Take a look at your posts, pictures, videos, status updates, likes, etc. If there are any concerns about who can see these individual items, take a look at the original privacy setting of that individual post. For each item, there are two little icons on the right-hand side. Hovering your mouse over the first one will reveal who has the ability to see that particular post. Clicking on the second icon will allow you to control (including hiding from your timeline or deleting the post all together), that individual item.

Tedious – yes. Daunting – no doubt, but understanding how this all ties together, how to set your security and privacy settings and how you interact with things you see going forward will become more easily understood and straightforward (as well as providing a little more protection from the elements).

Question: What do you want EVERYONE to know about you?

This one is relatively easy. On your profile page, directly beneath your profile picture, click “About”. Here is where you can decide what information you want to make available to others.

Let’s tie this back to those advertisers we talked about a little earlier: If an advertiser is targeting Females, between a certain age range who’s birthday is in the coming month AND your “about” indicates you are female, and has your birthday (including your birthdate), this is how advertisers target you!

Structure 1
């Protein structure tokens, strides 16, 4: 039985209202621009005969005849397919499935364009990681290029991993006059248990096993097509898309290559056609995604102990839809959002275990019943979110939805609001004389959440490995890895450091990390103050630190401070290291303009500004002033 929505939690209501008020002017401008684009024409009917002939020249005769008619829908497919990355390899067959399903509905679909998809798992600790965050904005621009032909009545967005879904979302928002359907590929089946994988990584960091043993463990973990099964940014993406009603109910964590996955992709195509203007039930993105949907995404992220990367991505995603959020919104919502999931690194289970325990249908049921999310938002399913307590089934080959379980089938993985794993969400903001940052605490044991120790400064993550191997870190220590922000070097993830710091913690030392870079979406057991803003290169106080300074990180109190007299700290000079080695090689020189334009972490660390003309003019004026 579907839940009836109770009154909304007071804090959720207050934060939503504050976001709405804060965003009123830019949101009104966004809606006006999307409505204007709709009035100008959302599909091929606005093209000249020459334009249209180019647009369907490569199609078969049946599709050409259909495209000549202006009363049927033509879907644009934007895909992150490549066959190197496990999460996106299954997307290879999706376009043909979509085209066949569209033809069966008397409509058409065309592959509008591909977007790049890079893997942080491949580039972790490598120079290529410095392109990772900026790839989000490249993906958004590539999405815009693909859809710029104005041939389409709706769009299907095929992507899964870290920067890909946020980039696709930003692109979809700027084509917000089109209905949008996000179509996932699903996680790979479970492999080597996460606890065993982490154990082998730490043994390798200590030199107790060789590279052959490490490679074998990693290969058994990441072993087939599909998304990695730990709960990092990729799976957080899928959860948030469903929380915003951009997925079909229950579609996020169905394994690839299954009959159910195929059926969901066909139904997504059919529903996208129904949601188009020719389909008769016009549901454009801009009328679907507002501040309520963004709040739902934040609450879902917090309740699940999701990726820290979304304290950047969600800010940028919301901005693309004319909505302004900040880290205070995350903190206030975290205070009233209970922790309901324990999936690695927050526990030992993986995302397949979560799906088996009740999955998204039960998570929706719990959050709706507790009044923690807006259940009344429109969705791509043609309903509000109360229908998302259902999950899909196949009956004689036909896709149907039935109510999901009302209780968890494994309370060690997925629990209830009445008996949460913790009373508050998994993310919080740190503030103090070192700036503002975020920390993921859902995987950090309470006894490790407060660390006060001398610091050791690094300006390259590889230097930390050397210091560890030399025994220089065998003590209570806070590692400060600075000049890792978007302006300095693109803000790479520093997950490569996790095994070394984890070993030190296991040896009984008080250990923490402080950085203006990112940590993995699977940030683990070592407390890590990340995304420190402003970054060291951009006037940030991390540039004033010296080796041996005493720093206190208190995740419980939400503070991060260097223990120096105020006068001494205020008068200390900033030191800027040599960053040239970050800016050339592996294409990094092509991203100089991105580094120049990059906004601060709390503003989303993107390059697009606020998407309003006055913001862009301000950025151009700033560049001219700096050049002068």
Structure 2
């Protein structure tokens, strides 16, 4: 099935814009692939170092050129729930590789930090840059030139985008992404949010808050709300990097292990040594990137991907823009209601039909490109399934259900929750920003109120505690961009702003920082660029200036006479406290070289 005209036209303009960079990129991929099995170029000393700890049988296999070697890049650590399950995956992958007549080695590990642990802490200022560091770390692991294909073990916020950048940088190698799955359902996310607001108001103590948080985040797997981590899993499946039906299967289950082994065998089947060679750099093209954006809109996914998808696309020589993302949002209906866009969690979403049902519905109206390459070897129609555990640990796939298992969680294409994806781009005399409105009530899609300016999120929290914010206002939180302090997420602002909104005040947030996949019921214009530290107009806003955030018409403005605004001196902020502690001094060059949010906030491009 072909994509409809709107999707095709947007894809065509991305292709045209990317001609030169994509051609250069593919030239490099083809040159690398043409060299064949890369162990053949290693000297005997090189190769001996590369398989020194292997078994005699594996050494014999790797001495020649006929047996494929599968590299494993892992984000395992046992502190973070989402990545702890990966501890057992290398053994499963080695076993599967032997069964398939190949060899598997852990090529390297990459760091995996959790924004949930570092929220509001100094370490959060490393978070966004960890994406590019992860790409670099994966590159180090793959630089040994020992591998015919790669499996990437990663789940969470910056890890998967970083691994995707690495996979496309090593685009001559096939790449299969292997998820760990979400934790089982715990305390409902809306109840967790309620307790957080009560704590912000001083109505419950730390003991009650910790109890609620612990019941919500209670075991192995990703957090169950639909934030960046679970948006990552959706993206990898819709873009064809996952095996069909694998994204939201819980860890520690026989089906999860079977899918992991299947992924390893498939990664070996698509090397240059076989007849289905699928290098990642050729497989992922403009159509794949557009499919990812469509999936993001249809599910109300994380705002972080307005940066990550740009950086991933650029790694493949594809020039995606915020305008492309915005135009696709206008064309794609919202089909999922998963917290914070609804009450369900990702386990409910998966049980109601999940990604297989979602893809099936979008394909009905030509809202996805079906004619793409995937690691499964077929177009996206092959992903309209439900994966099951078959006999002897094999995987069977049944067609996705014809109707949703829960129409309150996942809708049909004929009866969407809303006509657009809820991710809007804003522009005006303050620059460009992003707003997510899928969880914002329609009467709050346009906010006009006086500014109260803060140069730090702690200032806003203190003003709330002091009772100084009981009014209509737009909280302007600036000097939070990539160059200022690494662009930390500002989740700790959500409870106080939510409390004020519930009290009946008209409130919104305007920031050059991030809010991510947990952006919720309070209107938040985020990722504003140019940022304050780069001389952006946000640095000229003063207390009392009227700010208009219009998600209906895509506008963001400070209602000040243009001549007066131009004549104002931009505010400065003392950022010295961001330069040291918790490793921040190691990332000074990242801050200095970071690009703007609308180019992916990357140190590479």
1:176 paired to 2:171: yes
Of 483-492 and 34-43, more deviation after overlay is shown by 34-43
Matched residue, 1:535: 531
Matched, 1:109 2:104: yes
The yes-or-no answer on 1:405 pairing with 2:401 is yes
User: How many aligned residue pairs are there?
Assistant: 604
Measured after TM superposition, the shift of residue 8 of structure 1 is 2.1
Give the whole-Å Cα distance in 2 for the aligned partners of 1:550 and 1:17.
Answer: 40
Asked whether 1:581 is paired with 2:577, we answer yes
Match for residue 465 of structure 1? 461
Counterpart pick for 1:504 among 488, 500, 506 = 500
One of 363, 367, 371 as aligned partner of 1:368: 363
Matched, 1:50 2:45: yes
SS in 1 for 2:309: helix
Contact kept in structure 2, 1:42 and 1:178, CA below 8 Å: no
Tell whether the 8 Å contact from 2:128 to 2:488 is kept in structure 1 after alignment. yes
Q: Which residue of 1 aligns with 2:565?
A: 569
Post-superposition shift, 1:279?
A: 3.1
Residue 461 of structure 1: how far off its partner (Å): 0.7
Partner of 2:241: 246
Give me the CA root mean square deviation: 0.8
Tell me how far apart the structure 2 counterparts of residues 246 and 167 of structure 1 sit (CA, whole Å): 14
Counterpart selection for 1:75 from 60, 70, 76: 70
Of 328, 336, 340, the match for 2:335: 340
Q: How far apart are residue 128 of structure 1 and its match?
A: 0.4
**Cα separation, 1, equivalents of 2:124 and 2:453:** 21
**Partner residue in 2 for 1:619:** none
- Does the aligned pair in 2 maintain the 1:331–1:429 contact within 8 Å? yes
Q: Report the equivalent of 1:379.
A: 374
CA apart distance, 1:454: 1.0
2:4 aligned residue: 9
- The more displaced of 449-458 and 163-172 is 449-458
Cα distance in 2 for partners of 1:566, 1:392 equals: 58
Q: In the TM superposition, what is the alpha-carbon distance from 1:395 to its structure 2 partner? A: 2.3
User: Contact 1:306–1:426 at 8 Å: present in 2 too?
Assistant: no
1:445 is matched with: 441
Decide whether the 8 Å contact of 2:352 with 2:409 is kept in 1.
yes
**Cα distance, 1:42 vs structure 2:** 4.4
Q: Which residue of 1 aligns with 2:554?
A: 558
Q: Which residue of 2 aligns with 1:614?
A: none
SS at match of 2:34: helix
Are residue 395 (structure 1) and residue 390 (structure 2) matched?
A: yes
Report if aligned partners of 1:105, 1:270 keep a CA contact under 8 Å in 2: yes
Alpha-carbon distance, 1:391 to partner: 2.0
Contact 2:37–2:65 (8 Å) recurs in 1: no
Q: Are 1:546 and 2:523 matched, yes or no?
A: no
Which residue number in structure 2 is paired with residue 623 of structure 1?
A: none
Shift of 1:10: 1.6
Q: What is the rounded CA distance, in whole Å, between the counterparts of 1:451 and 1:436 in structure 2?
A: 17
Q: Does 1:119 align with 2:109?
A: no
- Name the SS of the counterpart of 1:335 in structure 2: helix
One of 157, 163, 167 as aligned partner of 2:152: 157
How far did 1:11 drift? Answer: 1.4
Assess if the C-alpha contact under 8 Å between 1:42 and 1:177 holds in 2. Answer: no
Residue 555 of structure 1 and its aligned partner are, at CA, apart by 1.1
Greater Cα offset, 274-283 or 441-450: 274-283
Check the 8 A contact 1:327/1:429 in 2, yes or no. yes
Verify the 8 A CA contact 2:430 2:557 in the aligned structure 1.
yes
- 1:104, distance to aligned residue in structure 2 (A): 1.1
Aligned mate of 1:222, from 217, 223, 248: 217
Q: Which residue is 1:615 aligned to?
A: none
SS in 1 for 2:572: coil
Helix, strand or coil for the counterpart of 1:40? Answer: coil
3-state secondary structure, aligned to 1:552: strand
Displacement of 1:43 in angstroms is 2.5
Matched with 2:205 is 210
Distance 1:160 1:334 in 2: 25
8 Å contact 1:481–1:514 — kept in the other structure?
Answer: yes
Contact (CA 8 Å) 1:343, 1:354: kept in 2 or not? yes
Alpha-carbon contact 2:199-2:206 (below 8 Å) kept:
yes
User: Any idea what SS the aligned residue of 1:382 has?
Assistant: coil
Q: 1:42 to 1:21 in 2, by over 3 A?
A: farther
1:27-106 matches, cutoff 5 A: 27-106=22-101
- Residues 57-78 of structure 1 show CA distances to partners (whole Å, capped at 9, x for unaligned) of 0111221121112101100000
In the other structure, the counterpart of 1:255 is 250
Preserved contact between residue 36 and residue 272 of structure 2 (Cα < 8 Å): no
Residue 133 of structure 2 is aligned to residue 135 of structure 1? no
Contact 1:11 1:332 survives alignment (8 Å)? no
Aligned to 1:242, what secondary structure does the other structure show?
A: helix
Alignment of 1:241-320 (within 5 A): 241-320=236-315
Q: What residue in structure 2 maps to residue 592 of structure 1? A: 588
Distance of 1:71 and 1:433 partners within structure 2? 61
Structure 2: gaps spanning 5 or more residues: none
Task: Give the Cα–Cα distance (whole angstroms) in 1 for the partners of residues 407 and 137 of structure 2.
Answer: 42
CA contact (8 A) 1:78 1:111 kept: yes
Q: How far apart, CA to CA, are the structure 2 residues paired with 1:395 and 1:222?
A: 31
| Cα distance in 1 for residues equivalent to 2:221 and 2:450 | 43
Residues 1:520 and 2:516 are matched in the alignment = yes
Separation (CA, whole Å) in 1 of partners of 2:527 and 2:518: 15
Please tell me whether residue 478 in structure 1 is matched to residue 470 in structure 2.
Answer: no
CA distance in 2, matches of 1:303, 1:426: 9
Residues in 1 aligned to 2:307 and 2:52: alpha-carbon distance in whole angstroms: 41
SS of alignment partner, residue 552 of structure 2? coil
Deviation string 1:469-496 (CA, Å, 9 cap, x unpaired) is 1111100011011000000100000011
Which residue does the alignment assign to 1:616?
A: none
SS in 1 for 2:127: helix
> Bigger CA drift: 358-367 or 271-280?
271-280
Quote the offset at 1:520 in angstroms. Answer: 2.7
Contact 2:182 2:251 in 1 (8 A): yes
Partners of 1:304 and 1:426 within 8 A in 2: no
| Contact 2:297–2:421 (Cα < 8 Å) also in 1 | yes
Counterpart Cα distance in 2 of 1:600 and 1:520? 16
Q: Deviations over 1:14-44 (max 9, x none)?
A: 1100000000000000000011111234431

So, decide what you want the world to know about you.

Question: Is it ok for marketers to track your Internet movements?

Facebook’s reach goes way beyond it’s own site. Think about this, how many websites do you visit on a regular basis where you see that lovable blue icon? It’s everywhere and Facebook knows it.

Now there is a “feature” in place that shows you ads based on web sites you’ve visited! The age-old Internet cookies (little pieces of code that can track which websites you’ve visited. Third-party providers working with Facebook place these cookies on your computer. So when you are on a website looking at the latest in designer footwear or electronic gadgets, the next time you log into Facebook, you will miraculously see ads for shows and electronic gadgets, similar to what you were looking for on other websites.